In 2021, with energy companies postponing major investments, many will reconsider their incremental developments and benefits from prolonging production. These smaller projects will become more attractive and provide opportunities for subsea contractors and OSVs.
Australian LNG back-fill
This is a variation on a theme, but on a far greater scale. Energy companies in Australia, principally those with LNG production centres, will need to invest in offshore gas field developments to feed these plants as the primary fields’ output decline. These projects become even more attractive if they contain condensate resources as these are prized over gas.
After a two decade-long LNG construction boom, operators are considering projects to keep production and exports at near maximum levels.
There has been more than US$200Bn in investment in seven LNG plants, propelling Australia’s export capacity to nearly 90 million tonnes per annum (mta). Companies will want to maximise their output.
North West Shelf (NWS) LNG processes a mixture of gas from various fields and new ones are needed for this capacity. NWS venture partners have agreements to process third-party gas to extend the Karratha gas plant output for decades.
First up will be development of Mitsui’s Waitsia field, with production scheduled to start in Q4 2023. Other developments are likely to include gas from the Brecknock, Calliance and Torosa reservoirs in Browse Basin, with floating production systems tied to the exiting North Rankin complex and NWS infrastructure, with construction potentially ready to begin in 2022.
Woodside is also considering developing the huge deepwater Scarborough gas field with a floating production platform and pipeline to the Pluto LNG plant.
This is part of a proposed brownfield expansion that includes a second LNG train and hundreds of miles of new subsea pipeline. A final investment decision is expected in 2021 for this 7.5 mta project.
There could also be a Pluto-NWS interconnector pipeline as part of the Burrup Hub strategy.
Inpex has started engineering and contracting on a new phase of development at the Ichthys field in the Browse Basin, which feeds an LNG plant in Darwin.
Chevron has struggled with operational problems at Gorgon, but gas resources are huge at this centre. It has also been exporting LNG from Wheatstone since 2017, with a second train online in 2018.
Shell’s Prelude floating LNG plant has been offline since February 2020 and is likely to remain so until February 2021.
Middle East offshore gas
While other regional offshore markets were under pressure in 2020, the Middle East had consistent requirements and long-term investment. It was a warm bed for OSV activity and will be in 2021.
Despite some budget restraint, there was evidence offshore projects will continue well into this decade, albeit with a year or so delay.
The United Arab Emirates (UAE) approved a US$120Bn energy budget including multiple offshore oil and gas projects for the next five years.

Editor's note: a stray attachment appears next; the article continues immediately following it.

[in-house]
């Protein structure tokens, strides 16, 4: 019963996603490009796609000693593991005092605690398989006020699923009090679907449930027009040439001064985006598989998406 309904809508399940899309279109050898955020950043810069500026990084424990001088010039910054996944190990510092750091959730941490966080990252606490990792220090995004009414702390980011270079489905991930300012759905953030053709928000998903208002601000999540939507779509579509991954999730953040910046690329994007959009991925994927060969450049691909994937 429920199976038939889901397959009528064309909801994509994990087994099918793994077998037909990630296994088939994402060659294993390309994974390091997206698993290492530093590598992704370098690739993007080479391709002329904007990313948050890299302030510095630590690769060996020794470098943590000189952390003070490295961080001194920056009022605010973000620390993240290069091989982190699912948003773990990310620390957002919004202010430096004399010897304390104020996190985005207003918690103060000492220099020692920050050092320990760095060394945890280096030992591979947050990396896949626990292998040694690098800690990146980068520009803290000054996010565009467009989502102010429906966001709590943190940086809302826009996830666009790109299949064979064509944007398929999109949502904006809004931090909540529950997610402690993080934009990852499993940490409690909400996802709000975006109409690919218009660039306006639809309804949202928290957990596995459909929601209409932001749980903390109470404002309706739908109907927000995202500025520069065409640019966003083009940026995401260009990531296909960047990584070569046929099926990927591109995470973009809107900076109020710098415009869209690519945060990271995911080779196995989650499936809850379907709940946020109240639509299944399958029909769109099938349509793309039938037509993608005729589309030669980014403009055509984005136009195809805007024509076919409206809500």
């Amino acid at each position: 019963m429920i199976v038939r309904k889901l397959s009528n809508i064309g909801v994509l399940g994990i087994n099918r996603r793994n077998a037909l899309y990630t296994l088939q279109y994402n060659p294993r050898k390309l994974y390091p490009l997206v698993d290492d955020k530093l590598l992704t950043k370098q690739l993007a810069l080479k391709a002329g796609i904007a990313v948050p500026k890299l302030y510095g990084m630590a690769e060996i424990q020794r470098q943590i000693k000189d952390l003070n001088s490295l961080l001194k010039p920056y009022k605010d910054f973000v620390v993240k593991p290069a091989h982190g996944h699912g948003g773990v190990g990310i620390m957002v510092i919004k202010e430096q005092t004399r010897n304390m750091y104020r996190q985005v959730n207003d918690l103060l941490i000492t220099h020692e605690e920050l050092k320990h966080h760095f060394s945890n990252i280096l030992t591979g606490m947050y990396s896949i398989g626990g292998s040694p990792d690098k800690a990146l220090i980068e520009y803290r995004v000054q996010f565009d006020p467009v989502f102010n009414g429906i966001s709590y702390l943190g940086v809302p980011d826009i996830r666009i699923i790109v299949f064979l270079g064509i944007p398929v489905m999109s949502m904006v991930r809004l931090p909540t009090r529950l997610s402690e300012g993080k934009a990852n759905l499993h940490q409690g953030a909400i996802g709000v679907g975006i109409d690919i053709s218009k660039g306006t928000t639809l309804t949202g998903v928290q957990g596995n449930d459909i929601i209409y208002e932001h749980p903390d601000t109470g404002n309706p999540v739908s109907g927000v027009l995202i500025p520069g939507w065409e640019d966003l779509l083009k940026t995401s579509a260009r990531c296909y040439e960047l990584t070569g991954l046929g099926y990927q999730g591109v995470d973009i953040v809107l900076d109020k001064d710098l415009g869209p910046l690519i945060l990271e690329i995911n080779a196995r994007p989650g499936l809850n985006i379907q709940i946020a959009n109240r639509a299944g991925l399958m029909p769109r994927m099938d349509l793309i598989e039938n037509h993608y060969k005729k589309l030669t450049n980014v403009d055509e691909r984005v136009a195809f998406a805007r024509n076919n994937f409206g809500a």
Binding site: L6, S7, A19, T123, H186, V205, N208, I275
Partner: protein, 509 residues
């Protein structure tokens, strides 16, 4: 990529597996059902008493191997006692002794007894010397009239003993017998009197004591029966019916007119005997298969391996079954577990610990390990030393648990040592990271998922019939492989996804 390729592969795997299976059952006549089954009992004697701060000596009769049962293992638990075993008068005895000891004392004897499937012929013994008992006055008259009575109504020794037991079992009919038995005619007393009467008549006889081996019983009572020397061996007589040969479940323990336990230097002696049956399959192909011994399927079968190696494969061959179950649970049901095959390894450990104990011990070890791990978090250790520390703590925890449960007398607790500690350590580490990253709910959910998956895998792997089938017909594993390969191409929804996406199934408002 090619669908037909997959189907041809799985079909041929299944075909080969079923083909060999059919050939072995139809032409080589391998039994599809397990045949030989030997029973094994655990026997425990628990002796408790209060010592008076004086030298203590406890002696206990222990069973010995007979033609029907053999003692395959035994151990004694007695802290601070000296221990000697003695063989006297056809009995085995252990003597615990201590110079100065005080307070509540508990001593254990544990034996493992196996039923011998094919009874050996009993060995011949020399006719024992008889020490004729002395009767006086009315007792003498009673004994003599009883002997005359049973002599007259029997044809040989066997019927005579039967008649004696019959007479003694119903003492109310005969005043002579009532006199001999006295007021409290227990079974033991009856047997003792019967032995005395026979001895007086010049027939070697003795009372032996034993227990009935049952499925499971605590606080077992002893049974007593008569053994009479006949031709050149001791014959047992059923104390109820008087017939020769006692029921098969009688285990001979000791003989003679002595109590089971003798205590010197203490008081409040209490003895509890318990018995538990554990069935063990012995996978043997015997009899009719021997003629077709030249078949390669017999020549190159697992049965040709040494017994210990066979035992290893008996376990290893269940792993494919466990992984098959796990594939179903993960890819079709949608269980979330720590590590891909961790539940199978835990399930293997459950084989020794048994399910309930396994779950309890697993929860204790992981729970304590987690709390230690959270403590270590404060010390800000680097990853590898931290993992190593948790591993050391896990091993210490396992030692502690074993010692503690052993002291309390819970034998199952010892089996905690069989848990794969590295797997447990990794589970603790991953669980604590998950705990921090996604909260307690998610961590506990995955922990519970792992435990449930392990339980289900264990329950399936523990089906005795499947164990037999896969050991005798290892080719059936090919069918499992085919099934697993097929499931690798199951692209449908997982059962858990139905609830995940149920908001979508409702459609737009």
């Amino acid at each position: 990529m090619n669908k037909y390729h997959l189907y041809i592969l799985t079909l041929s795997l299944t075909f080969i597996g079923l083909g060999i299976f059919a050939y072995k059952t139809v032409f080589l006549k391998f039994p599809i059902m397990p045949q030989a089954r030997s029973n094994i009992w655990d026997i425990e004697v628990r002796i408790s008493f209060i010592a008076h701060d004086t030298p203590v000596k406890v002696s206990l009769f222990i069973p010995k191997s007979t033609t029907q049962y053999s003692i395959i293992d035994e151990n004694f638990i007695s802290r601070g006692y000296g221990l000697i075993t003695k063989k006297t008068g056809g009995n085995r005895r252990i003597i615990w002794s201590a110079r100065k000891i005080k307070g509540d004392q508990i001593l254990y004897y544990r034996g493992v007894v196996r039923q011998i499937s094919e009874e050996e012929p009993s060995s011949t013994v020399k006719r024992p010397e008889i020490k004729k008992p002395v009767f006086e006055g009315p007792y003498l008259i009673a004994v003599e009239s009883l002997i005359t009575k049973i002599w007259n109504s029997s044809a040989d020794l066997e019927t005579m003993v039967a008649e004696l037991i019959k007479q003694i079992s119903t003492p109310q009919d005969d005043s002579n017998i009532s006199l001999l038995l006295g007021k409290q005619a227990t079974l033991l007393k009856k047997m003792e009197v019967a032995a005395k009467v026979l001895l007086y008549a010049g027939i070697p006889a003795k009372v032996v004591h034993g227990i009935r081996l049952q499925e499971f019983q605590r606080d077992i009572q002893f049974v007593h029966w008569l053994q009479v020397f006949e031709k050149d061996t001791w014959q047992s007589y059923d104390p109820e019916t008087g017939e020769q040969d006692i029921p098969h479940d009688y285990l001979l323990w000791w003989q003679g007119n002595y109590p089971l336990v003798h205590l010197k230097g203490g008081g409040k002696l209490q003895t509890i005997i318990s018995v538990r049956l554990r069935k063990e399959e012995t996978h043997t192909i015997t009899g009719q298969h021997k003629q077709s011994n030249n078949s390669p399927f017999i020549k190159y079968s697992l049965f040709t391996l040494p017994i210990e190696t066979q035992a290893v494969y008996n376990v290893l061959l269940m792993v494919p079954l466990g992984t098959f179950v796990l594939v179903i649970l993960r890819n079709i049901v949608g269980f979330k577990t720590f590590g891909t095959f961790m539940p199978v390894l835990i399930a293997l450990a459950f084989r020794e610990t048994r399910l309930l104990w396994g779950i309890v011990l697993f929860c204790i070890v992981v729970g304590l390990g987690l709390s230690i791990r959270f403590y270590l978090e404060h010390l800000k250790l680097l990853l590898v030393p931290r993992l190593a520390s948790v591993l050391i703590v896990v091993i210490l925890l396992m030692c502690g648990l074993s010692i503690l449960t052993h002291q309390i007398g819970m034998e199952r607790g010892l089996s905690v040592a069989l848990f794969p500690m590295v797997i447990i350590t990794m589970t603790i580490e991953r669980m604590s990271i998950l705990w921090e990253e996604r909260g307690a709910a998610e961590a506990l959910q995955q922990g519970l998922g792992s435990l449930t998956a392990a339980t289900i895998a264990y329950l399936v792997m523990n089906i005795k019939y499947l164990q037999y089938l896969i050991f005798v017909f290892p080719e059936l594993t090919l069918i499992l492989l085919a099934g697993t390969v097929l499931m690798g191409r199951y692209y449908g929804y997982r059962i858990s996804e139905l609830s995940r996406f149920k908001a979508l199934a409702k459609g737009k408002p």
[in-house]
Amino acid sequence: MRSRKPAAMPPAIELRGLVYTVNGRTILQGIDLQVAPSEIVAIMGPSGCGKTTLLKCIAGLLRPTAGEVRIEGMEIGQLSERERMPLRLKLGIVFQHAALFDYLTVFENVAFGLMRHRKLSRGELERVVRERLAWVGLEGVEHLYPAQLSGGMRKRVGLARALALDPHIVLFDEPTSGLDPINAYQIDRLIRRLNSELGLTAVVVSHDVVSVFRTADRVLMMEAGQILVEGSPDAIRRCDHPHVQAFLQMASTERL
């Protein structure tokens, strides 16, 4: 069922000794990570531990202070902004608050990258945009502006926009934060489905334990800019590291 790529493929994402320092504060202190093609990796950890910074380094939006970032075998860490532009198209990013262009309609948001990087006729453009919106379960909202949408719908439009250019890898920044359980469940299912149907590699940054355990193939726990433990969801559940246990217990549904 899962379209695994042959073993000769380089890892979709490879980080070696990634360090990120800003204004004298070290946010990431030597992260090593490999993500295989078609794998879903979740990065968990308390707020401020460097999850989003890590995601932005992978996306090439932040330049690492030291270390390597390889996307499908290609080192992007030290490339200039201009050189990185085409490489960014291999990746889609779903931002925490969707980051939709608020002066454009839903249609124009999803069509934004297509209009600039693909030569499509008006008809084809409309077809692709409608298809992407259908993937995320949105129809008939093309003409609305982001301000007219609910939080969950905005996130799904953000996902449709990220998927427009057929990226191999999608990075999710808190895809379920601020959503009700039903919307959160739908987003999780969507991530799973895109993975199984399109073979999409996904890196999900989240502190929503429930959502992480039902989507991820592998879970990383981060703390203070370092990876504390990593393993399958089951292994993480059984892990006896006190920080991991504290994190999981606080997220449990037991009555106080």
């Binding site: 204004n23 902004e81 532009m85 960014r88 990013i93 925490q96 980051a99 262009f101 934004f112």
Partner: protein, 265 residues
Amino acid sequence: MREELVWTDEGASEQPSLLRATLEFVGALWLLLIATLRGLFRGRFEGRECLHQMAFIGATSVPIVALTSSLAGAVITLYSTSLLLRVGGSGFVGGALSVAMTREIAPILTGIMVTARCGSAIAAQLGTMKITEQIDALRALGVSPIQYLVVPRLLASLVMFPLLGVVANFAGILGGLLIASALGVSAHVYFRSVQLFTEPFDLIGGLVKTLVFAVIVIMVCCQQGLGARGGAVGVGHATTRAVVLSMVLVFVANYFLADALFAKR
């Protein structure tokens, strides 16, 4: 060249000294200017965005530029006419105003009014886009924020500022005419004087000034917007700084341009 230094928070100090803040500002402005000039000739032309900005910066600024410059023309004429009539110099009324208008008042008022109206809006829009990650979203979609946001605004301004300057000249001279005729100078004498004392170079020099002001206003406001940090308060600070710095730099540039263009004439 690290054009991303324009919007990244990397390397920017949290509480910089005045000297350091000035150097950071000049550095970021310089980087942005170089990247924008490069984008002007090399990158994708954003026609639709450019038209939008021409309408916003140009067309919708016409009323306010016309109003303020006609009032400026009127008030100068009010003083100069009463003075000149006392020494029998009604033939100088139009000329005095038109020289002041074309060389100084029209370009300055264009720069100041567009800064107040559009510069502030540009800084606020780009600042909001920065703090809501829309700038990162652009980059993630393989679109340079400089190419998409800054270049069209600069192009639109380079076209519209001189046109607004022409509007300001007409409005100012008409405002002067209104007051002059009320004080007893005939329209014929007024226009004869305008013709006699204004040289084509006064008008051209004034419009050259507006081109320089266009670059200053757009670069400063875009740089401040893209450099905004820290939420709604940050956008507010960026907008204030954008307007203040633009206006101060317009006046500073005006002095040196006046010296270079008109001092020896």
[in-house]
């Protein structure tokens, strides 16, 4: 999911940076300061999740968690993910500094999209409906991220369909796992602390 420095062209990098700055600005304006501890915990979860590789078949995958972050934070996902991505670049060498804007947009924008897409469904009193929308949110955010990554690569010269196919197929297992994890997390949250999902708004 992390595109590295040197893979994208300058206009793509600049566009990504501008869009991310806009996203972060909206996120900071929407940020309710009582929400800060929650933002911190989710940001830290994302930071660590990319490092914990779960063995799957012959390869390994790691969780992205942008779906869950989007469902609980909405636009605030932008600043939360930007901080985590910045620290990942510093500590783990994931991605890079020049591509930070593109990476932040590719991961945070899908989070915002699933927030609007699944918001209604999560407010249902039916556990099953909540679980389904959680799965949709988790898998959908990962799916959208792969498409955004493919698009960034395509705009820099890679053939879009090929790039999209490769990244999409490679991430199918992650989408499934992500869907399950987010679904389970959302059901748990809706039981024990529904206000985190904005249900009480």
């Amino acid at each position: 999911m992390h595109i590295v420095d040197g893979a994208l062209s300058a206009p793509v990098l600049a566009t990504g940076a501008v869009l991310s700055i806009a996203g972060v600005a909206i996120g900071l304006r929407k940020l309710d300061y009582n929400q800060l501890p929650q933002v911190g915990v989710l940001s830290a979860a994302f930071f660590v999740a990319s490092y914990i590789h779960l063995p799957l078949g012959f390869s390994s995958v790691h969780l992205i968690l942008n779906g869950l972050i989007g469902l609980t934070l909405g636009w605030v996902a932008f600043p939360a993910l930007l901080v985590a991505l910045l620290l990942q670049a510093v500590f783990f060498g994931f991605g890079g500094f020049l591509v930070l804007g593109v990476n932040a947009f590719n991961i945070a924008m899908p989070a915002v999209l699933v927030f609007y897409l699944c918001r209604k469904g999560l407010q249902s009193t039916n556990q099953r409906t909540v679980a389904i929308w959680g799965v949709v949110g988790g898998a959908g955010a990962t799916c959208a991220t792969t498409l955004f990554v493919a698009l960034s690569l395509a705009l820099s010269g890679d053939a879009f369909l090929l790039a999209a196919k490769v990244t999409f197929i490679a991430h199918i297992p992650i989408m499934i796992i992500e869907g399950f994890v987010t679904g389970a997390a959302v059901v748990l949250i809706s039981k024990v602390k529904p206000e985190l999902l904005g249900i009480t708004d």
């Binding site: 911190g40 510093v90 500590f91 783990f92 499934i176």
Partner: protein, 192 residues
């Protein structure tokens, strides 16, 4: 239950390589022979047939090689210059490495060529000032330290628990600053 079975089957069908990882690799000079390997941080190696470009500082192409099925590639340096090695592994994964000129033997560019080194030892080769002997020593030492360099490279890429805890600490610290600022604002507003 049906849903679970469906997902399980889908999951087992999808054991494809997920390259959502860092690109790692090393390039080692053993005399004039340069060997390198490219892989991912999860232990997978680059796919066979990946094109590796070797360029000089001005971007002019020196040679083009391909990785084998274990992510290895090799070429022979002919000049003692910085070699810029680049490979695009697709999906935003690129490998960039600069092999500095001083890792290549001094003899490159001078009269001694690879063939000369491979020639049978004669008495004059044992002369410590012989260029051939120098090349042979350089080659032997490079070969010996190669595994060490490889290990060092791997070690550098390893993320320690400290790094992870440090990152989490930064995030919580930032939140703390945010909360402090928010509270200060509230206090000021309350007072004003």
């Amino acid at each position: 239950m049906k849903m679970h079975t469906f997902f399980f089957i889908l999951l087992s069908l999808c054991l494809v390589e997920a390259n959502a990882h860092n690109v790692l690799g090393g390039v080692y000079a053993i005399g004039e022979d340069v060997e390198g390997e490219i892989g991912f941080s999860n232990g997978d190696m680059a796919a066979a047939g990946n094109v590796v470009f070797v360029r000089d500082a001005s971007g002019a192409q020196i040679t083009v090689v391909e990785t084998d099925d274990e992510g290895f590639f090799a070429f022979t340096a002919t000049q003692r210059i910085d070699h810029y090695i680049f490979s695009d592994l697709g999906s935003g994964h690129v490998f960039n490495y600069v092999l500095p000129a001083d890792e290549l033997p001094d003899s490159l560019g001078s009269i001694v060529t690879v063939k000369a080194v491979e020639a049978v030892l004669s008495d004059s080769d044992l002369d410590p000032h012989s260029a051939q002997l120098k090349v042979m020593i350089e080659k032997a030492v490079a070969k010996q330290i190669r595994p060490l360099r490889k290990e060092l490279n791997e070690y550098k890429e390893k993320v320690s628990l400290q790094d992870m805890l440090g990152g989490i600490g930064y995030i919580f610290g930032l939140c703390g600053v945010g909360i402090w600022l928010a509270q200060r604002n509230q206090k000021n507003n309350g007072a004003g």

Abu Dhabi National Oil Co (Adnoc) will invest to raise UAE’s oil production capacity from 4M barrels per day (b/d) in 2021 to 5M b/d by 2030 through a combination of new projects and existing field upgrades.
Synergy Offshore chief executive Fazel Fazelbhoy expanded on the expected budget and Covid-induced delays during Riviera Maritime Media’s Offshore Support Journal, Middle East virtual conference on 12 November.
He said funds allocated to the US$30Bn expansion of the Upper Zakum field infrastructure were delayed by Covid. So was the Dalma Sour Gas development project (US$1.5Bn investment), Hail and Ghasha projects, where investment is anticipated to be US$12Bn.
Meanwhile, field optimisation projects at Umm Shaif, Lower Zakum, Satah and Umm Al Dalkh fields are underway to increase and sustain production.
There are similar large investments planned for offshore projects in Saudi Arabia and Qatar, particularly focused on expanding gas production this decade.
Saudi Aramco plans to invest US$334Bn across the oil and gas value chain over six years, representing US$55Bn per year. This includes up to 24 offshore platforms on the delayed Marjan production extension project, drilling islands and 11 offshore platforms on Berri and more platforms for Zuluf field expansion.
In the Kuwait/Saudi Arabia neutral zone, activity is restarting on Wafra and Khafji. In Qatar projects are ongoing on the North field expansion, Al Shaheen, Bul Hanine, Idd Al Shargi North Dome and Mayden Mahzan fields.
With increasing demand for batteries and mobile communications devices, there will be rising requirements for rare Earth elements and rare metals. But, with few new resources discovered onshore, exploration and mining will be focused offshore.
Subsea mining has been developing over the past decade with tests and trials with the technology for deepsea resource recovery.
Seafloor deposits of cobalt, manganese, nickel, lithium and other minerals could become commercially available when demand rises for batteries as nations switch away from gasoline and diesel engines.
Global expansion of this nascent sector is being held back by lack of regulation. However, in 2021 this could change with the International Seabed Authority set to finalise regulations for the exploitation of deepsea minerals.
These should cover the seabed beyond the limits of national jurisdiction. This will be on top of the national regulatory frameworks being implemented.
It is likely commercial deepsea mining will be enacted within five years. However, there are concerns from environmentalists about the impact on marine environments, which could delay the first mining projects.